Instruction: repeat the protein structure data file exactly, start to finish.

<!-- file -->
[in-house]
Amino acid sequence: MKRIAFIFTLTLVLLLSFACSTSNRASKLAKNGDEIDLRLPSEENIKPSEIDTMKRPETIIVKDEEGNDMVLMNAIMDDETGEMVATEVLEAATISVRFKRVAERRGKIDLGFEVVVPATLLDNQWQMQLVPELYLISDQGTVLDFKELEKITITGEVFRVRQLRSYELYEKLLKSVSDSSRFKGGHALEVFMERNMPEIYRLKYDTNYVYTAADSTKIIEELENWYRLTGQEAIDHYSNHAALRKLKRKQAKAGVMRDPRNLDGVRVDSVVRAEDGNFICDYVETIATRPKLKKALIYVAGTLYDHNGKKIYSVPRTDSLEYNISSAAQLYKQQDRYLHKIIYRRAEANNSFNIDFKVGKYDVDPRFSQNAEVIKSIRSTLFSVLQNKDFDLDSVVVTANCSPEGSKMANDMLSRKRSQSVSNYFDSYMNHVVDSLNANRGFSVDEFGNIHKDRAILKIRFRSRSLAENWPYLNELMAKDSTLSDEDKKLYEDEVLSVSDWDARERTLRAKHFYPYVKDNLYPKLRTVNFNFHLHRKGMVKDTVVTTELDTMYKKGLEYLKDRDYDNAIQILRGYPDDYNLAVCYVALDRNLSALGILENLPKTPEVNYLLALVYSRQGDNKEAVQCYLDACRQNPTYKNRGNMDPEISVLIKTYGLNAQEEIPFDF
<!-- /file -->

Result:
[in-house]
Amino acid sequence: MKRIAFIFTLTLVLLLSFACSTSNRASKLAKNGDEIDLRLPSEENIKPSEIDTMKRPETIIVKDEEGNDMVLMNAIMDDETGEMVATEVLEAATISVRFKRVAERRGKIDLGFEVVVPATLLDNQWQMQLVPELYLISDQGTVLDFKELEKITITGEVFRVRQLRSYELYEKLLKSVSDSSRFKGGHALEVFMERNMPEIYRLKYDTNYVYTAADSTKIIEELENWYRLTGQEAIDHYSNHAALRKLKRKQAKAGVMRDPRNLDGVRVDSVVRAEDGNFICDYVETIATRPKLKKALIYVAGTLYDHNGKKIYSVPRTDSLEYNISSAAQLYKQQDRYLHKIIYRRAEANNSFNIDFKVGKYDVDPRFSQNAEVIKSIRSTLFSVLQNKDFDLDSVVVTANCSPEGSKMANDMLSRKRSQSVSNYFDSYMNHVVDSLNANRGFSVDEFGNIHKDRAILKIRFRSRSLAENWPYLNELMAKDSTLSDEDKKLYEDEVLSVSDWDARERTLRAKHFYPYVKDNLYPKLRTVNFNFHLHRKGMVKDTVVTTELDTMYKKGLEYLKDRDYDNAIQILRGYPDDYNLAVCYVALDRNLSALGILENLPKTPEVNYLLALVYSRQGDNKEAVQCYLDACRQNPTYKNRGNMDPEISVLIKTYGLNAQEEIPFDF